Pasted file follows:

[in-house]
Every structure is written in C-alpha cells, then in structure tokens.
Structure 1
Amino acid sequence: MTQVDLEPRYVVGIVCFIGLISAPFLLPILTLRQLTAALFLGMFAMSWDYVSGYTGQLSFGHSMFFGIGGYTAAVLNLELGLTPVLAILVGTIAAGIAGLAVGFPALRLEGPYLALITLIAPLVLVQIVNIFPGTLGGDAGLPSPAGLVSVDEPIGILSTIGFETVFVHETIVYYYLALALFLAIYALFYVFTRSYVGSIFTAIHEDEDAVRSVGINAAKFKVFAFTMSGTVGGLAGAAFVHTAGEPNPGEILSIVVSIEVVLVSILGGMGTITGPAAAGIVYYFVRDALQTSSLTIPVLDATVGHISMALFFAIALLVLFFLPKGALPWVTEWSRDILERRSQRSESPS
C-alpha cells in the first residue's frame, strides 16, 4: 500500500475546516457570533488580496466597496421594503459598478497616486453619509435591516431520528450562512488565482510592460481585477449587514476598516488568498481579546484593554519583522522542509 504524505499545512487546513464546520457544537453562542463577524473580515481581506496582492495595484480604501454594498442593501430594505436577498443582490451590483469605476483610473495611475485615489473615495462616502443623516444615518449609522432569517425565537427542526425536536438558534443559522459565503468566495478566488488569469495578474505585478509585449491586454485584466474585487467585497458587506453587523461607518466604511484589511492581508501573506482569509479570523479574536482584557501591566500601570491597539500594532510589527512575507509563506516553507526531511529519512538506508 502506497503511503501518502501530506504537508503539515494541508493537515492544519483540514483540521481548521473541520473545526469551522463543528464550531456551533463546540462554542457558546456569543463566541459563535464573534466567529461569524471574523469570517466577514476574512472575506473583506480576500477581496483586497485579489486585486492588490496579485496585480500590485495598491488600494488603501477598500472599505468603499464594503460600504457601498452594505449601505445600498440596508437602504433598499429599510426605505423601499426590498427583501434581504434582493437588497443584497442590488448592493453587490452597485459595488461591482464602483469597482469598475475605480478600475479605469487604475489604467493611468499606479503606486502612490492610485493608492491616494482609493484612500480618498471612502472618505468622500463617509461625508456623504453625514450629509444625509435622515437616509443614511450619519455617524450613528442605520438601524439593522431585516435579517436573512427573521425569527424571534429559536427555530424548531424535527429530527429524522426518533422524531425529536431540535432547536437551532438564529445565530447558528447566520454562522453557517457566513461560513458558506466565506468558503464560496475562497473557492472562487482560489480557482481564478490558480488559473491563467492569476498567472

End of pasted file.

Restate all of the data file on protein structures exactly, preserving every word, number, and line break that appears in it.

[in-house]
Every structure is written in C-alpha cells, then in structure tokens.
Structure 1
Amino acid sequence: MTQVDLEPRYVVGIVCFIGLISAPFLLPILTLRQLTAALFLGMFAMSWDYVSGYTGQLSFGHSMFFGIGGYTAAVLNLELGLTPVLAILVGTIAAGIAGLAVGFPALRLEGPYLALITLIAPLVLVQIVNIFPGTLGGDAGLPSPAGLVSVDEPIGILSTIGFETVFVHETIVYYYLALALFLAIYALFYVFTRSYVGSIFTAIHEDEDAVRSVGINAAKFKVFAFTMSGTVGGLAGAAFVHTAGEPNPGEILSIVVSIEVVLVSILGGMGTITGPAAAGIVYYFVRDALQTSSLTIPVLDATVGHISMALFFAIALLVLFFLPKGALPWVTEWSRDILERRSQRSESPS
C-alpha cells in the first residue's frame, strides 16, 4: 500500500475546516457570533488580496466597496421594503459598478497616486453619509435591516431520528450562512488565482510592460481585477449587514476598516488568498481579546484593554519583522522542509 504524505499545512487546513464546520457544537453562542463577524473580515481581506496582492495595484480604501454594498442593501430594505436577498443582490451590483469605476483610473495611475485615489473615495462616502443623516444615518449609522432569517425565537427542526425536536438558534443559522459565503468566495478566488488569469495578474505585478509585449491586454485584466474585487467585497458587506453587523461607518466604511484589511492581508501573506482569509479570523479574536482584557501591566500601570491597539500594532510589527512575507509563506516553507526531511529519512538506508 502506497503511503501518502501530506504537508503539515494541508493537515492544519483540514483540521481548521473541520473545526469551522463543528464550531456551533463546540462554542457558546456569543463566541459563535464573534466567529461569524471574523469570517466577514476574512472575506473583506480576500477581496483586497485579489486585486492588490496579485496585480500590485495598491488600494488603501477598500472599505468603499464594503460600504457601498452594505449601505445600498440596508437602504433598499429599510426605505423601499426590498427583501434581504434582493437588497443584497442590488448592493453587490452597485459595488461591482464602483469597482469598475475605480478600475479605469487604475489604467493611468499606479503606486502612490492610485493608492491616494482609493484612500480618498471612502472618505468622500463617509461625508456623504453625514450629509444625509435622515437616509443614511450619519455617524450613528442605520438601524439593522431585516435579517436573512427573521425569527424571534429559536427555530424548531424535527429530527429524522426518533422524531425529536431540535432547536437551532438564529445565530447558528447566520454562522453557517457566513461560513458558506466565506468558503464560496475562497473557492472562487482560489480557482481564478490558480488559473491563467492569476498567472